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Vol. XXVII No. 22, March 1-15, 2018

A flood of stories

Rashrei Vyas

The catalyst for good fiction has often been the trials and tribulations of humanity. In recent times, the Chennai floods of 2015 awakened in its residents not only the spirit of benevolence, but their creativity too. After the Floods, an anthology of short stories by 21 bloggers from The Chennai Bloggers Club, is a tribute to Chennai and the spirit of Chennai.

We were all privy to the numerous acts of heroism and the coming together of people to help one another in the crisis that lasted for nearly a week. Thanks to Social Media, people were able to connect and network to hear these stories as they happened and to reach out to those stranded in the floods. The sheer spirit of ordinary people helped the city in extraordinary ways. Unlikely alliances and friendships have been the common thread of stories that emerged from the great flooding of Chennai. This anthology documents and extrapolates experiences by the bloggers themselves. Though the mainspring of these stories is one, the interpretations are many.

The bloggers have taken different threads of experience to weave their own stories. Some have used the floods as a backdrop for dropping long-held prejudices of classes and castes. Kavipriya writes about a young woman residing in a North Madras locality that is looked at with disdain by her beau. In the end, her house comes to their rescue in the story ‘Chennai 600013’. A few stories touch upon the NRI angle. In ‘An Untold Legacy’ by Nandhini Chandrasekaran, it is the prejudice of a young girl towards her mother’s Chennai roots that comes in the way of understanding her strength.

Other stories reflect commonly felt differences between the haves and the have-nots. The Chennai floods acts as a great leveller. Fortunes are turned and the have-nots end up as benefactors to some of the elite! This phenomena is perfectly illustrated in the story, ‘The High Rise’ by Clement Williams, where the maid’s son comes bearing nourishment for the child of the stranded master.

Some bloggers have touched upon the enormous environmental errors that led to the disaster and question whether we have really learned from the earlier mistakes. The very first story in the anthology, ‘Her’ by Salesh Dipak Fernando is a metaphysical fairy tale. The Queen ‘Madras’ chooses ‘MATERIALISM’ as her consort only to court an unbearable disaster. In the ‘Rain Maker’, author Sriram Acharya imagines quite realistically man playing God.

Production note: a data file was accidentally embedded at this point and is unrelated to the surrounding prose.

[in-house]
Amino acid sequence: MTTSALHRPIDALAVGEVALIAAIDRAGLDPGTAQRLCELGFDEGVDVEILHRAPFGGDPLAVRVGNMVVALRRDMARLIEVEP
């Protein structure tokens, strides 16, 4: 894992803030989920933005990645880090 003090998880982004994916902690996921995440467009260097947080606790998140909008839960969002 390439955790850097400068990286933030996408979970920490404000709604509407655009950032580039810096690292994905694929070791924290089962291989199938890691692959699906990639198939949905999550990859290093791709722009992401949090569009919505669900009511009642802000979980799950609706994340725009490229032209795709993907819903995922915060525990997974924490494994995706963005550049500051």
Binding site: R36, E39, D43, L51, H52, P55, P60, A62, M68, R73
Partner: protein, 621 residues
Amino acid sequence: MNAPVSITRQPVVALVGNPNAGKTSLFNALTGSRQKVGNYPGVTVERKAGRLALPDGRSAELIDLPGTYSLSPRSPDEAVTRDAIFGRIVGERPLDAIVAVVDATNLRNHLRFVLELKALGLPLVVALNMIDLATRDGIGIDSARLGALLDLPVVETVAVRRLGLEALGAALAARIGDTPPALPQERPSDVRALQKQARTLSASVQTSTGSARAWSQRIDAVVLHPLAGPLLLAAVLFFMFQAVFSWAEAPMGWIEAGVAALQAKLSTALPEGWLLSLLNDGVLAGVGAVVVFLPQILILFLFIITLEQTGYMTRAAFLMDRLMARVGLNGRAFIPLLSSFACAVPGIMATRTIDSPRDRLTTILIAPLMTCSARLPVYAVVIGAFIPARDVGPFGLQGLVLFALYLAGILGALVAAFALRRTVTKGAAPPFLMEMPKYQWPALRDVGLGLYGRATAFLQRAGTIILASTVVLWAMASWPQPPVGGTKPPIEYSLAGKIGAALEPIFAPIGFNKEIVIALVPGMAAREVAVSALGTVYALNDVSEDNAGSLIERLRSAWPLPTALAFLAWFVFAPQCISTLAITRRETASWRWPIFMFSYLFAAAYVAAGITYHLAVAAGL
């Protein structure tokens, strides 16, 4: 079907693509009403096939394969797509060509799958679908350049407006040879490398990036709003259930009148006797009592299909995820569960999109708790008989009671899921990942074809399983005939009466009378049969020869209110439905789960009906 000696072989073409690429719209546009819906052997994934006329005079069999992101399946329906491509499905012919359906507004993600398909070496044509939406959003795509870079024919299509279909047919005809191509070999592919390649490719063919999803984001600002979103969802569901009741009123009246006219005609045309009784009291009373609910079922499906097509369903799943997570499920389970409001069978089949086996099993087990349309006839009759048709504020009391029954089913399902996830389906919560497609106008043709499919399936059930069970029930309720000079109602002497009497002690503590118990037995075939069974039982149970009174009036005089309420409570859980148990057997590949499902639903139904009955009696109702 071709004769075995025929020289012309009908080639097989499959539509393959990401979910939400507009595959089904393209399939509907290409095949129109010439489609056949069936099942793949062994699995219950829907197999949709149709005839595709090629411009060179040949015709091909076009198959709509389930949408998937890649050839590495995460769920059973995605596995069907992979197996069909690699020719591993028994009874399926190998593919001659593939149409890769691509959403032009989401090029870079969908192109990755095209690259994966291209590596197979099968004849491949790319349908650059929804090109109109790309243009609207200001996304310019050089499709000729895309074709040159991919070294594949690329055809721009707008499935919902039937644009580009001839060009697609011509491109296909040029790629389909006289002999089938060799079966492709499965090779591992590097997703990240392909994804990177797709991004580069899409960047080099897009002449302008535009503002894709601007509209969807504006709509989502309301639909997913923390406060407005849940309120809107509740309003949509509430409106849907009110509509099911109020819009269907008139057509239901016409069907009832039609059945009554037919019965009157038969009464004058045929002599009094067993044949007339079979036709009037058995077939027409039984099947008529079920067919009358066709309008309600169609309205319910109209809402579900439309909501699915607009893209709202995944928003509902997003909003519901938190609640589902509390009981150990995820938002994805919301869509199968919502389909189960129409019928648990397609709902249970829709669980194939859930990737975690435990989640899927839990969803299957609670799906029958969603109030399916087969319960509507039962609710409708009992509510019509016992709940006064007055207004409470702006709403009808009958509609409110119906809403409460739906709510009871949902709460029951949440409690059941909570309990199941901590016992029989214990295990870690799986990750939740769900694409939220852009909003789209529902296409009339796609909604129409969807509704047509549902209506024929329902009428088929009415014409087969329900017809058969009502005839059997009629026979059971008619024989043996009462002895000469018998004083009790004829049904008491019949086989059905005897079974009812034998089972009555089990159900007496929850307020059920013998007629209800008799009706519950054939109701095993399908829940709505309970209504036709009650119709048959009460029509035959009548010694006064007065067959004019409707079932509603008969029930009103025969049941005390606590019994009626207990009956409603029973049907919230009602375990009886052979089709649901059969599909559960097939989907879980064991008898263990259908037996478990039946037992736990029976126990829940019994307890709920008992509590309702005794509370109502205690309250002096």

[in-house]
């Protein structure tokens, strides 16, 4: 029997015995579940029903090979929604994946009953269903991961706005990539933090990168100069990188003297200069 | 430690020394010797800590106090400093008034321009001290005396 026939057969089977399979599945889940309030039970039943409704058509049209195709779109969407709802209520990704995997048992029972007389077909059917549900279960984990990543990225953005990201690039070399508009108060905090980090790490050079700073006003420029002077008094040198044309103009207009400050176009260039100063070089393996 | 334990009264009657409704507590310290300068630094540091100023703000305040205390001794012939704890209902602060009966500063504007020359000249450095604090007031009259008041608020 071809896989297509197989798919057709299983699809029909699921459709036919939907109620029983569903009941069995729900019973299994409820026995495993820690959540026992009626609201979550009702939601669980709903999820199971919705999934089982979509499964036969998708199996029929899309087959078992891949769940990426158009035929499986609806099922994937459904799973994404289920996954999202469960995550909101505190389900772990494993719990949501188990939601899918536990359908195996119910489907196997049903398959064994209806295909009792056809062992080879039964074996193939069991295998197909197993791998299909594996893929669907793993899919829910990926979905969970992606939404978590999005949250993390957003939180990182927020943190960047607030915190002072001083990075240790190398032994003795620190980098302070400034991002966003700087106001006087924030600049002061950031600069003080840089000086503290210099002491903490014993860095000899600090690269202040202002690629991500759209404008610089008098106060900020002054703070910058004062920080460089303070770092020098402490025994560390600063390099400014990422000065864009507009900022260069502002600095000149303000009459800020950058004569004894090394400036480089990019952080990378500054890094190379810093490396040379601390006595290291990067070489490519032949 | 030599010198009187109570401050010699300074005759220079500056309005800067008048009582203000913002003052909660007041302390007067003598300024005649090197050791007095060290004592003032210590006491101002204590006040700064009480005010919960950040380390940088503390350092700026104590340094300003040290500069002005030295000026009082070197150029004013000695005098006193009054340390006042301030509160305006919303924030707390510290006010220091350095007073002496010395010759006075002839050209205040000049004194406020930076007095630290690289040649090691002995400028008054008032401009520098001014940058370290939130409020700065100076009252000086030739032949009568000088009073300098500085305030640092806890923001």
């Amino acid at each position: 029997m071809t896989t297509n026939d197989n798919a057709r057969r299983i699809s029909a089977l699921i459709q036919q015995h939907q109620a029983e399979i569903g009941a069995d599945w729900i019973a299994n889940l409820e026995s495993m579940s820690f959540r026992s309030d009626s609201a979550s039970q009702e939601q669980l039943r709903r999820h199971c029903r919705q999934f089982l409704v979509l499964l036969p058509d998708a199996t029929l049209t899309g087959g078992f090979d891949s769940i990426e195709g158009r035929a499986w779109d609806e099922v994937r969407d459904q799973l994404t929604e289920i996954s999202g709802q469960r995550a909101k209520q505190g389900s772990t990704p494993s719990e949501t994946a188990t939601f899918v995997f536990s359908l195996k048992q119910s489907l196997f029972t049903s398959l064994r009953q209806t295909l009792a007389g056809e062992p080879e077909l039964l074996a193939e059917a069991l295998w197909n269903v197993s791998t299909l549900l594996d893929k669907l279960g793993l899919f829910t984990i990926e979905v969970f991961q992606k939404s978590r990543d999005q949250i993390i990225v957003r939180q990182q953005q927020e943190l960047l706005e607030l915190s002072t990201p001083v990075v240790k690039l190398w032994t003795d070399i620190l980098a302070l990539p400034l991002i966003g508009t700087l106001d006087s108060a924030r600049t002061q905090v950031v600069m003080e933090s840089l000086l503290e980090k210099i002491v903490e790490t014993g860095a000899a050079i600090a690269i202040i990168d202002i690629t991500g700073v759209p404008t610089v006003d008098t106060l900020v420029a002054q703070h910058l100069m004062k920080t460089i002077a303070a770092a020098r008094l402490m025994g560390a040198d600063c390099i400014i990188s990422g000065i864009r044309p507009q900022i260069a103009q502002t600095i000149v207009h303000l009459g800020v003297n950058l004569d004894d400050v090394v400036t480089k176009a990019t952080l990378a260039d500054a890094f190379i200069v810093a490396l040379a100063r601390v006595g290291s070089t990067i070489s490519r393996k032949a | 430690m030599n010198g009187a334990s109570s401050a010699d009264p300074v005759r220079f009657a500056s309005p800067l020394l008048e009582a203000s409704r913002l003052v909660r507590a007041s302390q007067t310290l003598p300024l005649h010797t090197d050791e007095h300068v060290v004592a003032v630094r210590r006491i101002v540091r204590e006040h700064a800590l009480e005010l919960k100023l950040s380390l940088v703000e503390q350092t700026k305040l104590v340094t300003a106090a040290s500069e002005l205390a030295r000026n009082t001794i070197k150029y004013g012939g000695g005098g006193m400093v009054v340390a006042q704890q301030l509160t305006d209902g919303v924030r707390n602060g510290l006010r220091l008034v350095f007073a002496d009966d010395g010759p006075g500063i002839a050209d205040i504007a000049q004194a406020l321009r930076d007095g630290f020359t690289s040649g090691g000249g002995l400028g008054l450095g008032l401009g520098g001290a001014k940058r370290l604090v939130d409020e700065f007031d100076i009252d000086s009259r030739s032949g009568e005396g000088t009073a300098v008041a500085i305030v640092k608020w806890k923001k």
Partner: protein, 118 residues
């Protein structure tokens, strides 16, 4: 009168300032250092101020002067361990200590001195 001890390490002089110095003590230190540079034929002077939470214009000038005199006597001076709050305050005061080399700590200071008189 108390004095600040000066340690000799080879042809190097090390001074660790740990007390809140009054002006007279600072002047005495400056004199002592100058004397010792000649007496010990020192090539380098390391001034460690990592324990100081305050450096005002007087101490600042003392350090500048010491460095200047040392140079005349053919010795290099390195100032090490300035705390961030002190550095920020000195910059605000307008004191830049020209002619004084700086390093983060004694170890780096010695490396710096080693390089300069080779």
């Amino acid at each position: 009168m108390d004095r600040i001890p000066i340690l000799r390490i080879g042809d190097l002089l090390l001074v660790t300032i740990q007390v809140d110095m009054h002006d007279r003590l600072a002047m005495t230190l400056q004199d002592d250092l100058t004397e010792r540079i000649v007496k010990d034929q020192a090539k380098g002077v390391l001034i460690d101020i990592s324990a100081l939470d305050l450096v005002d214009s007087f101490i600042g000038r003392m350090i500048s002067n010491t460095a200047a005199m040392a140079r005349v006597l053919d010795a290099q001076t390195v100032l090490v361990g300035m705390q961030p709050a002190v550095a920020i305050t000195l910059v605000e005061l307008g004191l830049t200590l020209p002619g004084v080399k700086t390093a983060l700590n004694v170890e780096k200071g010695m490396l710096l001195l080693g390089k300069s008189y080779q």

Others have highlighted the personal sacrifices of unsung heroes from the larger than life youth. In ‘Gangs of Namma Chennai’ by Kishor Lakshminarayanan, the ageing father of an NRI holds the fort in his little community. The anxiety of NRIs with their loved ones gone incommunicado will strike a chord with many Chennai families. Stories describing the horrors of the flood leave no doubt that the authors have indeed waded the waters.

Romance is the surprise element in some of the stories. That romantic love is the staple of Tamil cinema is evident in some stories which have found a way of using the floods as a suitable backdrop. There is also a story or two with a fantasy element involving time travel. Relationships between parent and child, the old and the young have been skillfully explored in some stories. ‘Strongest Storms Give out the Most Beautiful Rainbows’ by Pavithraa Swaminathan shows a typically entitled spoilt teenager mature into a wise young woman over a night of floods.

Dahlesque twists are seen in a couple of stories. ‘Lucky Who’ by Karthik Pasupathy Ramachandran, is a mischievous tale of a time travelling ascetic who lands in water logged Chennai only to show two erstwhile rivals in romance that fate works in mysterious ways. The story of ‘The Two Old Men’ by Bragadeesh Prasanna is reminiscent of an earthy Tamil story with humour and a pinch of pathos.

Though the stories are in English, the voices are definitely Chennai. There is no particular effort to craft the language and in many places seem a direct rendering of our brand of spoken English. Even the tone of some of the stories are refreshingly honest to the culture it springs from. What the stories lack in clarity more than make up by enthusiasm and originality. Something to do with the nature of blogging.

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